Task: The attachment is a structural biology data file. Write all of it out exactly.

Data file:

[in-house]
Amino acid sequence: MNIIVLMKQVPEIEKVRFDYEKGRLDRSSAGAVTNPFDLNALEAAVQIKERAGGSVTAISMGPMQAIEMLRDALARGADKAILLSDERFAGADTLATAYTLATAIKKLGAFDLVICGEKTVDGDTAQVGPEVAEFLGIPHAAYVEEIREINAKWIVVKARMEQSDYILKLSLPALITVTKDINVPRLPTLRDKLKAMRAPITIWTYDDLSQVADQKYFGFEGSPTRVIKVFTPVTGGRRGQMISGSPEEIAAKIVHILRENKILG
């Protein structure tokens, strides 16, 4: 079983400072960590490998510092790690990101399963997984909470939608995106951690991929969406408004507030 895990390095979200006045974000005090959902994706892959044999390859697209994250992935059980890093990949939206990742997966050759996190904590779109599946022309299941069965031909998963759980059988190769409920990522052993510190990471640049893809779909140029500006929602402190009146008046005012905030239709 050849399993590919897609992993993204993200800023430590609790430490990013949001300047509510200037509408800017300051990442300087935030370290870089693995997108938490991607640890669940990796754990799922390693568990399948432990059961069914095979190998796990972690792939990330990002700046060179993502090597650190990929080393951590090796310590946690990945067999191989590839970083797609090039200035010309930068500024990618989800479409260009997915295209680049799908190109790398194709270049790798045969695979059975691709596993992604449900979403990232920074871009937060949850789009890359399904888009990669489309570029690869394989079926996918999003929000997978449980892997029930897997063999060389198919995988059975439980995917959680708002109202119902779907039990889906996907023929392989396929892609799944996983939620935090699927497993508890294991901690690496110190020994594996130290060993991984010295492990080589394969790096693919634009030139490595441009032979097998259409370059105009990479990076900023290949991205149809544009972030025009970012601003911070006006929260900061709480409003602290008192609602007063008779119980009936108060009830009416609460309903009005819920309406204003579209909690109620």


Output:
[in-house]
Amino acid sequence: MNIIVLMKQVPEIEKVRFDYEKGRLDRSSAGAVTNPFDLNALEAAVQIKERAGGSVTAISMGPMQAIEMLRDALARGADKAILLSDERFAGADTLATAYTLATAIKKLGAFDLVICGEKTVDGDTAQVGPEVAEFLGIPHAAYVEEIREINAKWIVVKARMEQSDYILKLSLPALITVTKDINVPRLPTLRDKLKAMRAPITIWTYDDLSQVADQKYFGFEGSPTRVIKVFTPVTGGRRGQMISGSPEEIAAKIVHILRENKILG
């Protein structure tokens, strides 16, 4: 079983400072960590490998510092790690990101399963997984909470939608995106951690991929969406408004507030 895990390095979200006045974000005090959902994706892959044999390859697209994250992935059980890093990949939206990742997966050759996190904590779109599946022309299941069965031909998963759980059988190769409920990522052993510190990471640049893809779909140029500006929602402190009146008046005012905030239709 050849399993590919897609992993993204993200800023430590609790430490990013949001300047509510200037509408800017300051990442300087935030370290870089693995997108938490991607640890669940990796754990799922390693568990399948432990059961069914095979190998796990972690792939990330990002700046060179993502090597650190990929080393951590090796310590946690990945067999191989590839970083797609090039200035010309930068500024990618989800479409260009997915295209680049799908190109790398194709270049790798045969695979059975691709596993992604449900979403990232920074871009937060949850789009890359399904888009990669489309570029690869394989079926996918999003929000997978449980892997029930897997063999060389198919995988059975439980995917959680708002109202119902779907039990889906996907023929392989396929892609799944996983939620935090699927497993508890294991901690690496110190020994594996130290060993991984010295492990080589394969790096693919634009030139490595441009032979097998259409370059105009990479990076900023290949991205149809544009972030025009970012601003911070006006929260900061709480409003602290008192609602007063008779119980009936108060009830009416609460309903009005819920309406204003579209909690109620």